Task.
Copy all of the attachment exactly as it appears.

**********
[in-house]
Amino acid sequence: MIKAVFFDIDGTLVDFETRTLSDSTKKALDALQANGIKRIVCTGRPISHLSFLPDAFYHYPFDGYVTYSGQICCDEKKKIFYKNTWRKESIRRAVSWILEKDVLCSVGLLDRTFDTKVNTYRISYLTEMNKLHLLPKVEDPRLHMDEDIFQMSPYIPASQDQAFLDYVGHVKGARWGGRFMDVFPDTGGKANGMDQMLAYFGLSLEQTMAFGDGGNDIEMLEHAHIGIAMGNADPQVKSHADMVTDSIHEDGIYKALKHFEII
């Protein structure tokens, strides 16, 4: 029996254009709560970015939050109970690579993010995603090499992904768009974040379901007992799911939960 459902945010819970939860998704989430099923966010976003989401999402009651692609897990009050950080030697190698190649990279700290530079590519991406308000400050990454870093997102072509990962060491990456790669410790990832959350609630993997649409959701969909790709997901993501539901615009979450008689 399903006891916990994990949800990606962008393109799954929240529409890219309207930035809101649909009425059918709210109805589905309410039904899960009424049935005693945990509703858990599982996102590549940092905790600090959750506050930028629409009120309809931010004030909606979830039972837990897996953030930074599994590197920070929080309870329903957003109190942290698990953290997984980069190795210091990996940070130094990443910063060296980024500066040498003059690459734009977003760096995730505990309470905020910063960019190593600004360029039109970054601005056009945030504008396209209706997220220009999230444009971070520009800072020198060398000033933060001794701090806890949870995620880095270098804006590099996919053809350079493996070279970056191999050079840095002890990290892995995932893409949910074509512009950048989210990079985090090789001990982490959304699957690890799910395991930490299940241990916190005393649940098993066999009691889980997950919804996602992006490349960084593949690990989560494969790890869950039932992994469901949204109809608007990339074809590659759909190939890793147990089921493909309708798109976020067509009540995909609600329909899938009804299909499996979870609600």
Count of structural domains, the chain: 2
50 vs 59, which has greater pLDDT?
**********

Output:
[in-house]
Amino acid sequence: MIKAVFFDIDGTLVDFETRTLSDSTKKALDALQANGIKRIVCTGRPISHLSFLPDAFYHYPFDGYVTYSGQICCDEKKKIFYKNTWRKESIRRAVSWILEKDVLCSVGLLDRTFDTKVNTYRISYLTEMNKLHLLPKVEDPRLHMDEDIFQMSPYIPASQDQAFLDYVGHVKGARWGGRFMDVFPDTGGKANGMDQMLAYFGLSLEQTMAFGDGGNDIEMLEHAHIGIAMGNADPQVKSHADMVTDSIHEDGIYKALKHFEII
């Protein structure tokens, strides 16, 4: 029996254009709560970015939050109970690579993010995603090499992904768009974040379901007992799911939960 459902945010819970939860998704989430099923966010976003989401999402009651692609897990009050950080030697190698190649990279700290530079590519991406308000400050990454870093997102072509990962060491990456790669410790990832959350609630993997649409959701969909790709997901993501539901615009979450008689 399903006891916990994990949800990606962008393109799954929240529409890219309207930035809101649909009425059918709210109805589905309410039904899960009424049935005693945990509703858990599982996102590549940092905790600090959750506050930028629409009120309809931010004030909606979830039972837990897996953030930074599994590197920070929080309870329903957003109190942290698990953290997984980069190795210091990996940070130094990443910063060296980024500066040498003059690459734009977003760096995730505990309470905020910063960019190593600004360029039109970054601005056009945030504008396209209706997220220009999230444009971070520009800072020198060398000033933060001794701090806890949870995620880095270098804006590099996919053809350079493996070279970056191999050079840095002890990290892995995932893409949910074509512009950048989210990079985090090789001990982490959304699957690890799910395991930490299940241990916190005393649940098993066999009691889980997950919804996602992006490349960084593949690990989560494969790890869950039932992994469901949204109809608007990339074809590659759909190939890793147990089921493909309708798109976020067509009540995909609600329909899938009804299909499996979870609600």
Count of structural domains, the chain: 2
50 vs 59, which has greater pLDDT?